Visually rendering data so that it effectively informs is something that graphic artists do well. An excellent example of this is the work of Aaron Marcus who has made an important contribution to augmenting computer scientists' knowledge about effective display lay-out and typography.

In a similar way, animators understand the use of visual images over time, and therefore have a contribution to make in the effective graphical representation of computer simulations. Finally, musicians (especially those who write for film) have a wealth of knowledge in how to use sound to highlight key features of what is being viewed, or to communicate information in the absence of visual contact. For example, the work of Sarah Bly on using sound cues in the analysis of statistical data could not have been carried out without the contribution of work in computer music.

My third argument is the easiest to state, but the most difficult to measure. I believe that there is a very important socio-political benefit that accrues from collaboration. I believe that our society is increasingly being polarized into two groups: those intimidated by technology (cyberphobics) and those who place all their faith in it (cyberphillics). To break down this polarization, technologist must acknowledge the legitimacy of the cyberphobic's fears, just as the cyberphobic must understand the positive role that technology can play in society. Technical literacy will permit the humanist to function as an informed watch-dog as well as make some contribution to the enlightened use of technology. Involvement in the arts will help the scientist remain conscious of the human impact of technological developments. Polarization between camps is just downright dangerous.

In breaking down these barriers, artists have an important role to play. Their "business" is communication, and I see no better group with which to begin our assault on this artificial and counter-productive humanist/rationalist partitioning.

My final argument is a natural outgrowth of the issues just raised. I believe that the visual and audio arts are important areas in which to apply the emerging technologies. We have already discussed art with technology from the professional's perspective. Perhaps more important, however, is the potential impact of the technology for the amateur artist.

I subscribe to the Platonic view that everyone has some innate artistic ability, and that this creative potential is worth developing. In an era of (largely technologically induced) increased leisure time, I see it as only fitting that we capture that same technology's potential to aid in addressing problems that it helped create. Technology can provide a strong catalyst for artistic development. The New York composer Laurie Spiegel speaks of the microprocessor as "the folk instrument of the 80's", and there is compelling evidence that she is right. The point is, to fully develop the potential of this "digital folk art" will require the active collaboration of both professional artists and scientists.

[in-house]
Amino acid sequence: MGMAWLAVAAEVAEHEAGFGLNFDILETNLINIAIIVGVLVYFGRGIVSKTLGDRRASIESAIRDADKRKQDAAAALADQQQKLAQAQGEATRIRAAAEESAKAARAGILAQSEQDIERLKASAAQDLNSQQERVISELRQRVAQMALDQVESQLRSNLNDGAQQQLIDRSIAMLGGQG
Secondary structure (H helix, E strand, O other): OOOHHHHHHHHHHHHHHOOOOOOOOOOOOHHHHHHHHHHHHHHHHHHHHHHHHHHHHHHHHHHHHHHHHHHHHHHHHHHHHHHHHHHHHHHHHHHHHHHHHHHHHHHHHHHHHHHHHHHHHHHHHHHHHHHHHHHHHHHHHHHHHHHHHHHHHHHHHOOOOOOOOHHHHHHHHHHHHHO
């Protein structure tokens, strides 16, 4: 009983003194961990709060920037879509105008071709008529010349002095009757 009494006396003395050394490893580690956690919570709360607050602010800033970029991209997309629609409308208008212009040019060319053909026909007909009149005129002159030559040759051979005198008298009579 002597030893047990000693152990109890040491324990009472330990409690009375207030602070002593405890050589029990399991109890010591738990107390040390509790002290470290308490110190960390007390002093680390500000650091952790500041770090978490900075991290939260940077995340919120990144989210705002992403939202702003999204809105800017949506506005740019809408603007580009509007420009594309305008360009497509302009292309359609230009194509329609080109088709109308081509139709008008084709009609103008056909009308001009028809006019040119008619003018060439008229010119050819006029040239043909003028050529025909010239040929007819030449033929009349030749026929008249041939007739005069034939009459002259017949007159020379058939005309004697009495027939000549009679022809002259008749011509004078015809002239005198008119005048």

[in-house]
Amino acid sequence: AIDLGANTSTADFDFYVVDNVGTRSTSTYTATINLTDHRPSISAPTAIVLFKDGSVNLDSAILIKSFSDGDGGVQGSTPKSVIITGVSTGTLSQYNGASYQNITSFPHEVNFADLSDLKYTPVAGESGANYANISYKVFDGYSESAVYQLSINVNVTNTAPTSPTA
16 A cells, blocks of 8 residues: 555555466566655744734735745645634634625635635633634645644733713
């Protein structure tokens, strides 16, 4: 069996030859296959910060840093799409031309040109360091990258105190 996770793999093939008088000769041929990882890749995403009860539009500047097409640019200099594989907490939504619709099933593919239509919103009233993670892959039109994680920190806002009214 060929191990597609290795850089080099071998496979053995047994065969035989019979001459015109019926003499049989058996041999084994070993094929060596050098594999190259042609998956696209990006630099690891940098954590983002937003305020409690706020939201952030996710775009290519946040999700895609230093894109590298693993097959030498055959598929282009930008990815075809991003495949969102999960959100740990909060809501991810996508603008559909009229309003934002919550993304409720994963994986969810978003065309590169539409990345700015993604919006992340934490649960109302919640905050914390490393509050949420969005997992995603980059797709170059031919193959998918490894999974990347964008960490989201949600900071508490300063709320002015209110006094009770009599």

If there is so much to benefit from arts-science collaboration, then why is it so hard to get projects going?

In my opinion, one reason is that the existing funding agencies are not well equipped to deal with most such projects. Having separate funding bodies for the arts, humanities, and engineering sciences makes interdisciplinary projects difficult to put forward. In addition, the environment for research in most universities is one which rewards increased specialization rather than encourages interdisciplinary cooperation. Clearly we are in need of some new mechanisms and policies.

Next, there needs to be a re-education on the side of both the artist and the scientist in order that each learn to respect the other, understand that they have common problems, and recognize that each stands to benefit as a result. The artist can no more afford to be scientificly illiterate than the scientist can afford to be illiterate in the humanities and arts.

Finally, I do not believe it overly dramatic to conclude by stating that without mutual respect and collaboration between the "two cultures", what future there is will be pretty bleak. Artists are not second class citizens who have access to technologies only at the whim of some scientific "guardian of the castle." Their importance and value is real, and has been sold short for too long. It is time for a change.


I must acknowledge the contribution made to this article by Catherine Richards, Ron Baecker, K.C. Smith, and Alain Fournier. Our (often animated) conversations have not only helped shape my opinions but have also provided yet another example of the benefits of cross-discipline pollination. In addition, Lillian Schwartz, Norm Badler, Max Mathews and Ken Knowlton have all made valuable comments and suggestions.